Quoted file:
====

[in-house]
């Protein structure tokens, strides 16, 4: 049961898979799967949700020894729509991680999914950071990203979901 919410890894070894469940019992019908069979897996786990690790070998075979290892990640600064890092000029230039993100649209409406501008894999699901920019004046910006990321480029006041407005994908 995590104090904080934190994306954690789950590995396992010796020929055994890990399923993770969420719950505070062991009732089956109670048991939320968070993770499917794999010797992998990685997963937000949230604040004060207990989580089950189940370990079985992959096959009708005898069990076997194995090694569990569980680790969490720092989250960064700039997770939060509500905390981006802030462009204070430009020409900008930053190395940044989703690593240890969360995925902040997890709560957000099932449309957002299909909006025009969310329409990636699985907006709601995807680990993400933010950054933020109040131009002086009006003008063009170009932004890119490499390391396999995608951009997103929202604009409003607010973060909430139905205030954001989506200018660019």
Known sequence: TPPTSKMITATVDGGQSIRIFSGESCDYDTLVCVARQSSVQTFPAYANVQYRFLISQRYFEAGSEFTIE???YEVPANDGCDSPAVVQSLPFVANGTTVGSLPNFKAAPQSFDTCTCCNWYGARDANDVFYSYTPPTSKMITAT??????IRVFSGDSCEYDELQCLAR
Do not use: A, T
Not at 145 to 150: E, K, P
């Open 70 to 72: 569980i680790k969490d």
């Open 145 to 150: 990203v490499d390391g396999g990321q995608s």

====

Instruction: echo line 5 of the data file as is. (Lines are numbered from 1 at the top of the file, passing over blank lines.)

Not at 145 to 150: E, K, P